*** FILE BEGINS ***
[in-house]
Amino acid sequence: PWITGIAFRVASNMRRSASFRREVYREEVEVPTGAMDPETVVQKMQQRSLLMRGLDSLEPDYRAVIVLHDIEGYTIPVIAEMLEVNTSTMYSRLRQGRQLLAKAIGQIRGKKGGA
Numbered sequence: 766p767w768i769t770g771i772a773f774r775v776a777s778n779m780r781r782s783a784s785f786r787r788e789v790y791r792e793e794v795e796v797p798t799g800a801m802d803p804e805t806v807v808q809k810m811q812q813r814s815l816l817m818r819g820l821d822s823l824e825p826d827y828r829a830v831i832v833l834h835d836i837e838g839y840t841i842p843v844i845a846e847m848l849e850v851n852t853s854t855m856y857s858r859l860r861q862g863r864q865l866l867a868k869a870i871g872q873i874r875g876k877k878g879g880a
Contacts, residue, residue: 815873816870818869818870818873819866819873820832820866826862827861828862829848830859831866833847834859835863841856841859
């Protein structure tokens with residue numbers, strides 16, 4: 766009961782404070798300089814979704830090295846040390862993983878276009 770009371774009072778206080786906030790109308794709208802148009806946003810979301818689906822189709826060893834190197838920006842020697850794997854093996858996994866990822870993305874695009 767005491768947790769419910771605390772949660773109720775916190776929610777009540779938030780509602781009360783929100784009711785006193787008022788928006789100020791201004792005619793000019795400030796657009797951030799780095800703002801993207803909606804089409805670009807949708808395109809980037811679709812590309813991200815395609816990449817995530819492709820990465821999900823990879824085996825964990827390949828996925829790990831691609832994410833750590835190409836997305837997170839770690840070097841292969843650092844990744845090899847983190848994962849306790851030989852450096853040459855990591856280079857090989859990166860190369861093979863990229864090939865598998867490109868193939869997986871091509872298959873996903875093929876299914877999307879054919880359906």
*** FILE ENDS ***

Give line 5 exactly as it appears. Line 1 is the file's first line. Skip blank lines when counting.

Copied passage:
């Protein structure tokens with residue numbers, strides 16, 4: 766009961782404070798300089814979704830090295846040390862993983878276009 770009371774009072778206080786906030790109308794709208802148009806946003810979301818689906822189709826060893834190197838920006842020697850794997854093996858996994866990822870993305874695009 767005491768947790769419910771605390772949660773109720775916190776929610777009540779938030780509602781009360783929100784009711785006193787008022788928006789100020791201004792005619793000019795400030796657009797951030799780095800703002801993207803909606804089409805670009807949708808395109809980037811679709812590309813991200815395609816990449817995530819492709820990465821999900823990879824085996825964990827390949828996925829790990831691609832994410833750590835190409836997305837997170839770690840070097841292969843650092844990744845090899847983190848994962849306790851030989852450096853040459855990591856280079857090989859990166860190369861093979863990229864090939865598998867490109868193939869997986871091509872298959873996903875093929876299914877999307879054919880359906």